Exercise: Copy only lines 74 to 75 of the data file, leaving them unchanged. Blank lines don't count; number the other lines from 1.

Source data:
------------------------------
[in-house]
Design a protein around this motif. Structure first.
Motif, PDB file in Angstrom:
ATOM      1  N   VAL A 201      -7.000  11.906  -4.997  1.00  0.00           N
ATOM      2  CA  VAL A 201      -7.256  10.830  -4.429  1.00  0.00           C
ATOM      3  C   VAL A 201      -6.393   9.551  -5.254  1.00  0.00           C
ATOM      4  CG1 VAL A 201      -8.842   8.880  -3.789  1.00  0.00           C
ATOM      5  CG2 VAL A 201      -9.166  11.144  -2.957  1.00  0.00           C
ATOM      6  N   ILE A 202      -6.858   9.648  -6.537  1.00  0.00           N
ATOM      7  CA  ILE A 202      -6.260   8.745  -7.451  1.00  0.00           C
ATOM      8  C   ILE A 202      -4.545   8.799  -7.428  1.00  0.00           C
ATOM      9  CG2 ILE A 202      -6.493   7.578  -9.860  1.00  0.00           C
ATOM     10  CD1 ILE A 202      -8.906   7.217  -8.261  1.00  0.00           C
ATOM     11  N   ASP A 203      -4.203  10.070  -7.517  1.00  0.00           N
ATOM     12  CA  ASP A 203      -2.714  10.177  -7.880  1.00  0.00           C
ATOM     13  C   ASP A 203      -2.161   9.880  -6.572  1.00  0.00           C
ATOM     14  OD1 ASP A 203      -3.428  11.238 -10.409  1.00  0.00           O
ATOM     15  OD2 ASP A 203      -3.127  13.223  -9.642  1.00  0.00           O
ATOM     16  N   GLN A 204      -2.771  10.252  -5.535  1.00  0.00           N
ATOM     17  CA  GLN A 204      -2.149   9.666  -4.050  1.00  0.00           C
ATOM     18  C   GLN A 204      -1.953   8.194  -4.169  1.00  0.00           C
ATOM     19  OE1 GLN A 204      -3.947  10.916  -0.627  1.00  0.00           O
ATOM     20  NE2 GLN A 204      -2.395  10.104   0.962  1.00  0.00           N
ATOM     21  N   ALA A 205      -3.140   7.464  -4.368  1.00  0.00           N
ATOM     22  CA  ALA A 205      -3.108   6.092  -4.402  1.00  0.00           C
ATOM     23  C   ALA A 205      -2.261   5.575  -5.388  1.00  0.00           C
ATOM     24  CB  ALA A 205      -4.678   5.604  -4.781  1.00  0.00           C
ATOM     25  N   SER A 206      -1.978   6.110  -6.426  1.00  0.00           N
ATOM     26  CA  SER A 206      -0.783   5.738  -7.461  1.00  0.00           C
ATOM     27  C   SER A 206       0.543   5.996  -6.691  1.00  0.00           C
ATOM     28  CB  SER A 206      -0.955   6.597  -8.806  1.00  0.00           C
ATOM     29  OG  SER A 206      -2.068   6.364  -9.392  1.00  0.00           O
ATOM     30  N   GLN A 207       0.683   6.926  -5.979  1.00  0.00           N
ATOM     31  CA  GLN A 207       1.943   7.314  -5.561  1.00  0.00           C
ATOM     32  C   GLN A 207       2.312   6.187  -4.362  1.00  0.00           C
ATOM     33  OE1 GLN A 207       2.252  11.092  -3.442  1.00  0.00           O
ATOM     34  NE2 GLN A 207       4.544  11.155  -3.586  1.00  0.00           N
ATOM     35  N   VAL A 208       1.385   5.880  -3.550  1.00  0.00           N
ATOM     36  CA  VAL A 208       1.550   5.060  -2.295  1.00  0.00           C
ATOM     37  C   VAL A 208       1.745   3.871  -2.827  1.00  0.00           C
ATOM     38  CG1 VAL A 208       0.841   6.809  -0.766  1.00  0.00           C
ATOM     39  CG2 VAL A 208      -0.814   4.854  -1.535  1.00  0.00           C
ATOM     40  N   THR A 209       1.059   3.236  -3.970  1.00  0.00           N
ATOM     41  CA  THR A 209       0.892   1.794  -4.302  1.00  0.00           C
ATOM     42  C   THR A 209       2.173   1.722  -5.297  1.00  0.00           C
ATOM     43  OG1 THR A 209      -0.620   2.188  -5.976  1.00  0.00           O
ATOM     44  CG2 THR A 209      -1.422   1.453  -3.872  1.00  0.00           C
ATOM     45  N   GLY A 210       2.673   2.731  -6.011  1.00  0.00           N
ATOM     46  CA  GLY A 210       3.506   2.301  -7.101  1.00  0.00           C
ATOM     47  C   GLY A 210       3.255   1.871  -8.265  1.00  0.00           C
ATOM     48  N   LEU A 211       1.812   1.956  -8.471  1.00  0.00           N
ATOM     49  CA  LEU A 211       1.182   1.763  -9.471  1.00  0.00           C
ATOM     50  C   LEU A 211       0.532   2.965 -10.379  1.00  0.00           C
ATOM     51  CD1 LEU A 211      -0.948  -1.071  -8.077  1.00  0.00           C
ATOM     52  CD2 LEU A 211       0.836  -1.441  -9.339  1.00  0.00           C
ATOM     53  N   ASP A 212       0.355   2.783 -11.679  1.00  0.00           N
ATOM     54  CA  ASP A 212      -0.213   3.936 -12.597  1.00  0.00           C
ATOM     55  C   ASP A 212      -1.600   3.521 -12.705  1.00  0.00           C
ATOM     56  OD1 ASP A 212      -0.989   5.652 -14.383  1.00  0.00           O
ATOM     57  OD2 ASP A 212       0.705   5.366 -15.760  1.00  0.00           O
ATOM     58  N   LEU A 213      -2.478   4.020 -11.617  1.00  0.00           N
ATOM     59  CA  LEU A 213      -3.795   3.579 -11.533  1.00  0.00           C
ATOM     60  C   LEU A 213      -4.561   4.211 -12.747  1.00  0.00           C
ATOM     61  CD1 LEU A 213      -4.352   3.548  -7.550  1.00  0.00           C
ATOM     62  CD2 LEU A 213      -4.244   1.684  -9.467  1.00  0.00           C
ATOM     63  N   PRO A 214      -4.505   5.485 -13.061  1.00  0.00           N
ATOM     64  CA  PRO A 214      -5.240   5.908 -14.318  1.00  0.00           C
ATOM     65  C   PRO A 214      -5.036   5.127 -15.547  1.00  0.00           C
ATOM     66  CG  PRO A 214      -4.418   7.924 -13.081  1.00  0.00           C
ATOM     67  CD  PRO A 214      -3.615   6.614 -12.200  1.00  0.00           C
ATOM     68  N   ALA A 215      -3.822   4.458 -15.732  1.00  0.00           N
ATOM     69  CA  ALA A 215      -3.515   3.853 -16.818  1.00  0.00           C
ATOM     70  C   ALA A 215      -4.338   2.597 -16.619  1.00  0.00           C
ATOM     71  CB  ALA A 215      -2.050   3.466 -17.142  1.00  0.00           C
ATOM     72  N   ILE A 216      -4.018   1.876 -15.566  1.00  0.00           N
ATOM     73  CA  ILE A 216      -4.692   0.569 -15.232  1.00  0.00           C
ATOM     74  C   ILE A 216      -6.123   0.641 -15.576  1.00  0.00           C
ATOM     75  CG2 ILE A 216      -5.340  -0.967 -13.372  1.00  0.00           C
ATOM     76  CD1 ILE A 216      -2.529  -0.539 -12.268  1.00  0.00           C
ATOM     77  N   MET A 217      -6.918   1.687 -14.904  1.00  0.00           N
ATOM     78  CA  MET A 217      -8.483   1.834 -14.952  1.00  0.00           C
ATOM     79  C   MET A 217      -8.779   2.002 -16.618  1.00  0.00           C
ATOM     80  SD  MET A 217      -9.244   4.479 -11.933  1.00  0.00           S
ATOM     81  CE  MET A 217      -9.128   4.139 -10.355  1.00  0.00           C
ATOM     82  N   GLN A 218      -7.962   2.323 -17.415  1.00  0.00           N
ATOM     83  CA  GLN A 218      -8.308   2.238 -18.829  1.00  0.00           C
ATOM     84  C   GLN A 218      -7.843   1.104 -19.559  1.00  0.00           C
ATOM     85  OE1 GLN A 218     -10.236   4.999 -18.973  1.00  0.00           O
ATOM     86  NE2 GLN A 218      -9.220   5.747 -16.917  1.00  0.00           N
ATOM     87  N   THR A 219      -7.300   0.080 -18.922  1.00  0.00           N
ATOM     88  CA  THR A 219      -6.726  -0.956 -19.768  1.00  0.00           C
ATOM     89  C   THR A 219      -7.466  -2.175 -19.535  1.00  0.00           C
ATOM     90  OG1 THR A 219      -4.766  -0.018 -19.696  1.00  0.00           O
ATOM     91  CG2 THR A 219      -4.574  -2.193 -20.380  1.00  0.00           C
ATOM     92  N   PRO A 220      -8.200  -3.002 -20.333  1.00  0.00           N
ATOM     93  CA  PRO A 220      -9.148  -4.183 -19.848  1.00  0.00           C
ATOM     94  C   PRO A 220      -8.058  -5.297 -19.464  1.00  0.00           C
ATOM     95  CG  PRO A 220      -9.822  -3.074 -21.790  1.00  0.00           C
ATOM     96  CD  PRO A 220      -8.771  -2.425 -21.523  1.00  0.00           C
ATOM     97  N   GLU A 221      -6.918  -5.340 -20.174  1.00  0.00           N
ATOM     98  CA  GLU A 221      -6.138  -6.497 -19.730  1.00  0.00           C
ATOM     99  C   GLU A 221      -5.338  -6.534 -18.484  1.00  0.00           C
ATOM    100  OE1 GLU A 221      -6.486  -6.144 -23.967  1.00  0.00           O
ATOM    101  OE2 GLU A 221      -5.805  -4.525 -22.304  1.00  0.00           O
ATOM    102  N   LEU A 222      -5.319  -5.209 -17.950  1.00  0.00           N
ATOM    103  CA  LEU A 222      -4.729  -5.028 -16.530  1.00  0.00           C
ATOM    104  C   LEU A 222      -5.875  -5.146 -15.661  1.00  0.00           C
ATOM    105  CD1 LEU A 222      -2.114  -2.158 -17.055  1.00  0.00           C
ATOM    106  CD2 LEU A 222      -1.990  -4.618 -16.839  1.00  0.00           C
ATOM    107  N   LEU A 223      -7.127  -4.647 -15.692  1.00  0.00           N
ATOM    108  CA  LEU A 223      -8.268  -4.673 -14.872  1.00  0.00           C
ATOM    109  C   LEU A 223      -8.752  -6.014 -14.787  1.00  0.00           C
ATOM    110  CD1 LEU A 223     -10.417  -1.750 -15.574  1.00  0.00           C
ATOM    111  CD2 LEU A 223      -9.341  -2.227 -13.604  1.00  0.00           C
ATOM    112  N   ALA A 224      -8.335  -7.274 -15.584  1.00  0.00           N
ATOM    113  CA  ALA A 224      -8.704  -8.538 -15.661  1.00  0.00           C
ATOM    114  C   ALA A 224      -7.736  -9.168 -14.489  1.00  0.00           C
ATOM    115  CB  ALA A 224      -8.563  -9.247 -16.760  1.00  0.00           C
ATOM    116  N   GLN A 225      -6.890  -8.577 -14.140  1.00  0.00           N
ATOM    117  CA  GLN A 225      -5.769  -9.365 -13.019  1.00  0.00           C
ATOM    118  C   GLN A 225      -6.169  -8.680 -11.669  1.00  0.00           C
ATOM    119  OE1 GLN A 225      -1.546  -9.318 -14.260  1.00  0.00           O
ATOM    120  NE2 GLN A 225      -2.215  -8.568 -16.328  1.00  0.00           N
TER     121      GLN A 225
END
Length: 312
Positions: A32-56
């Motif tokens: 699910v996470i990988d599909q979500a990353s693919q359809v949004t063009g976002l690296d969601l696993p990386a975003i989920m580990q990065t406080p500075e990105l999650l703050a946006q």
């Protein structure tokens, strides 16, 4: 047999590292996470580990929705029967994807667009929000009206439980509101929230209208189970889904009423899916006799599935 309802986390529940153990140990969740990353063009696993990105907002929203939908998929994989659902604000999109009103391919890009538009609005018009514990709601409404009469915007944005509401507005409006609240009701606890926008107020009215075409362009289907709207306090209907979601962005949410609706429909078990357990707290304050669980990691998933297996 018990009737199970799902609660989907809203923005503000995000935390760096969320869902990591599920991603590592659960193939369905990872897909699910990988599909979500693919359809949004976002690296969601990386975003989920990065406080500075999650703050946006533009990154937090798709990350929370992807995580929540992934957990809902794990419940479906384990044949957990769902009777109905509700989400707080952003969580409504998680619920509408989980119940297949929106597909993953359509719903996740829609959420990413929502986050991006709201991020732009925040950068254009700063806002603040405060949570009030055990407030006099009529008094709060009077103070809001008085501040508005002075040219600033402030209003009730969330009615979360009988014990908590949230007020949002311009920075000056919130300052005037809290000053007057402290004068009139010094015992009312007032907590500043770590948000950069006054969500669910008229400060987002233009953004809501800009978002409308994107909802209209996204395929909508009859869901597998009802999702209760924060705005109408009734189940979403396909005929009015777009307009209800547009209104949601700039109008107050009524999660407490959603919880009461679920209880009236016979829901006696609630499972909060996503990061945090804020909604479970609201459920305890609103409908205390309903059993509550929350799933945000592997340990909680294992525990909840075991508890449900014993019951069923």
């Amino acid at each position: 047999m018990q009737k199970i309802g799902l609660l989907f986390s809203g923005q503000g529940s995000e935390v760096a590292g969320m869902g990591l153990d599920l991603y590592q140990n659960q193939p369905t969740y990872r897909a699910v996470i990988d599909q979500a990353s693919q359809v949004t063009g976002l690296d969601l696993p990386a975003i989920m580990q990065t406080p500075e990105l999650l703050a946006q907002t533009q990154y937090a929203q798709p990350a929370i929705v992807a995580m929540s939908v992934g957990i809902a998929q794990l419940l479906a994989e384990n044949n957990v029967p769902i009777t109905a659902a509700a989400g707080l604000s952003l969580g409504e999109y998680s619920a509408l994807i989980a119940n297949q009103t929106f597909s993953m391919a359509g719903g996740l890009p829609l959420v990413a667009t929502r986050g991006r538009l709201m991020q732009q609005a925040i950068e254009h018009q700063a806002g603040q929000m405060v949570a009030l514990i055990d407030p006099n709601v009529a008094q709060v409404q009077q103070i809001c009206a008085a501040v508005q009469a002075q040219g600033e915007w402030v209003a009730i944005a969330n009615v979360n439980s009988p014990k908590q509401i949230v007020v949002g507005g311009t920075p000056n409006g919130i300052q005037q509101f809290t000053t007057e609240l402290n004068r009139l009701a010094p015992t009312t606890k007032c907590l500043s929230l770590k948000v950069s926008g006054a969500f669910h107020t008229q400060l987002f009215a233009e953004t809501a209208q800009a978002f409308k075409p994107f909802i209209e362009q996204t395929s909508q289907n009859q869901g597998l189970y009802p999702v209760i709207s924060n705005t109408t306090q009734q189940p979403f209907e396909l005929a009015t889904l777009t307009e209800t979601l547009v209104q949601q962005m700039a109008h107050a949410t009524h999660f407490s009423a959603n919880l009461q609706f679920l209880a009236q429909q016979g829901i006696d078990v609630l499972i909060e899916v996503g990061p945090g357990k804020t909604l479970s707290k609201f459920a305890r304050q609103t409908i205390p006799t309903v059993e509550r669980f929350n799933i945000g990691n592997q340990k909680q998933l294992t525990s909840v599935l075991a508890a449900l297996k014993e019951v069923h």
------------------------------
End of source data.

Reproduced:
ATOM     71  CB  ALA A 215      -2.050   3.466 -17.142  1.00  0.00           C
ATOM     72  N   ILE A 216      -4.018   1.876 -15.566  1.00  0.00           N